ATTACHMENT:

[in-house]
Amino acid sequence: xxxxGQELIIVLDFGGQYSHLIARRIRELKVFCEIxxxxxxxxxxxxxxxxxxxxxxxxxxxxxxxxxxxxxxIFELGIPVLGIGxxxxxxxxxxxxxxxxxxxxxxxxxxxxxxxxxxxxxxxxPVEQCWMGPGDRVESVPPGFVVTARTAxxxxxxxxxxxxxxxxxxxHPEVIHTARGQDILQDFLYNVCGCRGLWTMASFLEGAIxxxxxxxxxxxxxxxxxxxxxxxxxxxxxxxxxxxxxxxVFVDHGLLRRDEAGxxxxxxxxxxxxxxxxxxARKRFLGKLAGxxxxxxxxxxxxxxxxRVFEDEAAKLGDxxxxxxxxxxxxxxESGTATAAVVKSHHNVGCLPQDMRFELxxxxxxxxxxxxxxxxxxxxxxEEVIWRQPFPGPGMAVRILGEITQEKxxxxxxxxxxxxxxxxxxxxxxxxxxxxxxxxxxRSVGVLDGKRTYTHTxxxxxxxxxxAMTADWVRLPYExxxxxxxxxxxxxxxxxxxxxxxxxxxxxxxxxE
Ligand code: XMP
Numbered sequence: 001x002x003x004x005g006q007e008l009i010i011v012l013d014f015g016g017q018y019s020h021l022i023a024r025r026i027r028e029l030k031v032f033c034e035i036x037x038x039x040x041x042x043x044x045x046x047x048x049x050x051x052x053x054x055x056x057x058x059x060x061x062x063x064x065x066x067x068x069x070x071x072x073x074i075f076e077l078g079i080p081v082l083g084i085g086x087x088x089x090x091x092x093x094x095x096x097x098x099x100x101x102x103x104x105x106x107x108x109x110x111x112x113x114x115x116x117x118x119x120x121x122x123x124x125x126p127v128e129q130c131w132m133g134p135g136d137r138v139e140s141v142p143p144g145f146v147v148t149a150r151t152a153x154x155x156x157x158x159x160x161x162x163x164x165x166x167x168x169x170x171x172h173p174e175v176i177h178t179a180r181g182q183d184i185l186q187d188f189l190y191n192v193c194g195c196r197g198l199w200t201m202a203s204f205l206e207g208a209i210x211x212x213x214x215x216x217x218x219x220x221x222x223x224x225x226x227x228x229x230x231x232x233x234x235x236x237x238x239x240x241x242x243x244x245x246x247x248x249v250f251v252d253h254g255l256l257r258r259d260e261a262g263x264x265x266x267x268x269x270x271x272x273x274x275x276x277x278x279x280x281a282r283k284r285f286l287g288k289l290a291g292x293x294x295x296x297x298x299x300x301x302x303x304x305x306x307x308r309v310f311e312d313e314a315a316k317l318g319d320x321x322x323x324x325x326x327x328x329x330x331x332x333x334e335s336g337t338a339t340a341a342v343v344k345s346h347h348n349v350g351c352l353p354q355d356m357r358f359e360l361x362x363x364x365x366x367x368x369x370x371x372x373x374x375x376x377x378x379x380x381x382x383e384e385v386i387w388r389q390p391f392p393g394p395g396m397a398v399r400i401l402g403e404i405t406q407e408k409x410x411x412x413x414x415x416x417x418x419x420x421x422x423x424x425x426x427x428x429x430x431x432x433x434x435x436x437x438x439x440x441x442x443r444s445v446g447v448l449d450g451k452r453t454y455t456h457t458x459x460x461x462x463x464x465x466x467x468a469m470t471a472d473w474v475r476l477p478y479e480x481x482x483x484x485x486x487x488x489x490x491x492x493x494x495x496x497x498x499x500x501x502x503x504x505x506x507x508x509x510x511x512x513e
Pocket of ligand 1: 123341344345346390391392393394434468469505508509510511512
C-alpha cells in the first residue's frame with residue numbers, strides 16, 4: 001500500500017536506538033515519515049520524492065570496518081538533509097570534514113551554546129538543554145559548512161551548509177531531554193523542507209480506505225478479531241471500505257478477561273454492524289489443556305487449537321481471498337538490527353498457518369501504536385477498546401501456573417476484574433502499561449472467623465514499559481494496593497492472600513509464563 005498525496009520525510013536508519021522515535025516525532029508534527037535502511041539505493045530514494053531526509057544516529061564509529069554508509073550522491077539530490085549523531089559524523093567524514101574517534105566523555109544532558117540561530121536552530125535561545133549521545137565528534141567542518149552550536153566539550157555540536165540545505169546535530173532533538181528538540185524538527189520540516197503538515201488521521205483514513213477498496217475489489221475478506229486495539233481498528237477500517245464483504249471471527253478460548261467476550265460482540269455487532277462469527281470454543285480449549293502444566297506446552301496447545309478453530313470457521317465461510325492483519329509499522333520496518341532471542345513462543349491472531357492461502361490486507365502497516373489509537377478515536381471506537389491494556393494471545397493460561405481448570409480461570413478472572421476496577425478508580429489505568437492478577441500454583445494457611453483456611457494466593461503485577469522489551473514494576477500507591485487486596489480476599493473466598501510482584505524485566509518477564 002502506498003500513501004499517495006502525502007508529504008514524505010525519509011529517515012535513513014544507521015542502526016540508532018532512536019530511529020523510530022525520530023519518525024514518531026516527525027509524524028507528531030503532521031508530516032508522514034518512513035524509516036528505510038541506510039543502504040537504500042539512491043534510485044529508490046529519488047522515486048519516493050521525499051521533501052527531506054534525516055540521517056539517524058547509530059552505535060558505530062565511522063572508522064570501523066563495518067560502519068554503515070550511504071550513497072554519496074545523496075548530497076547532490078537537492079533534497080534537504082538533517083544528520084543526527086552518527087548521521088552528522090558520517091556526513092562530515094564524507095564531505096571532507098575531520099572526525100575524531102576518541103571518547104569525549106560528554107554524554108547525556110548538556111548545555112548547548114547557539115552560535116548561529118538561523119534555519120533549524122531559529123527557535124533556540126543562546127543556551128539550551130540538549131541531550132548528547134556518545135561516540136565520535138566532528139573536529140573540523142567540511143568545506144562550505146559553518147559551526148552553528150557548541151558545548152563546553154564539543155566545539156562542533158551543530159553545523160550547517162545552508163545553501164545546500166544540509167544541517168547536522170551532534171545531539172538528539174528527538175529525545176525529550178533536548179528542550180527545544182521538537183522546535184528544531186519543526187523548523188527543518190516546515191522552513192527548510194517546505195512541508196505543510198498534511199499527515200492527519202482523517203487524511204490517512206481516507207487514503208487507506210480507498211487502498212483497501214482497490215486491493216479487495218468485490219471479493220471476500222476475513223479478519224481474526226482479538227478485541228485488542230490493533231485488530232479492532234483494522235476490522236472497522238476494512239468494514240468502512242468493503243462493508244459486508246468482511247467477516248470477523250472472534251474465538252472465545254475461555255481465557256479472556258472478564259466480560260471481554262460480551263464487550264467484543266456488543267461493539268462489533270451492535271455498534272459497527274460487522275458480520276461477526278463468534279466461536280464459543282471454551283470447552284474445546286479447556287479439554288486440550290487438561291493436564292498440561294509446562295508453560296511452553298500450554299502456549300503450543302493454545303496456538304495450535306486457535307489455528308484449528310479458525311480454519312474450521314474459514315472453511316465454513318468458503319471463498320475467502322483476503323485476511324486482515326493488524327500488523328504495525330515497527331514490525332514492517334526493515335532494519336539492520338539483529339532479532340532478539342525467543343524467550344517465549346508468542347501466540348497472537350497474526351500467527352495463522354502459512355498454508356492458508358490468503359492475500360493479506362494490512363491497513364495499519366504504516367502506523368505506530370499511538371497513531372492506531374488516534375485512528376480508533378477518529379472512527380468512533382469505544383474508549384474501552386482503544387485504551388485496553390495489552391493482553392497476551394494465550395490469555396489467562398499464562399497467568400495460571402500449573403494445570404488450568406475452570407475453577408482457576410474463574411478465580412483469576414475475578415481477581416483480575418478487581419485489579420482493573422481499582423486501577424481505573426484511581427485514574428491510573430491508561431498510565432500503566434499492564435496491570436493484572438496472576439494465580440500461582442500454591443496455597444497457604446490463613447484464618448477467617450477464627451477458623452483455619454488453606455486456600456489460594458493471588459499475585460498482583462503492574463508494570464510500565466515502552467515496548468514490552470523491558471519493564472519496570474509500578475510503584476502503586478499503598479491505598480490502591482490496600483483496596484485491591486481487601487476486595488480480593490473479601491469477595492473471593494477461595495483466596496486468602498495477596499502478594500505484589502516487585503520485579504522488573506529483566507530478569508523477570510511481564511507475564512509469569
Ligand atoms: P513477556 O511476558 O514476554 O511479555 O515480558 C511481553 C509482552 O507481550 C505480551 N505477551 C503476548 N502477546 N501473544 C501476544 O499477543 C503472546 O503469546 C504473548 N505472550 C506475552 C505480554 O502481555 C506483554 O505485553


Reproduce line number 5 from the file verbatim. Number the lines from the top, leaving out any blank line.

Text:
Pocket of ligand 1: 123341344345346390391392393394434468469505508509510511512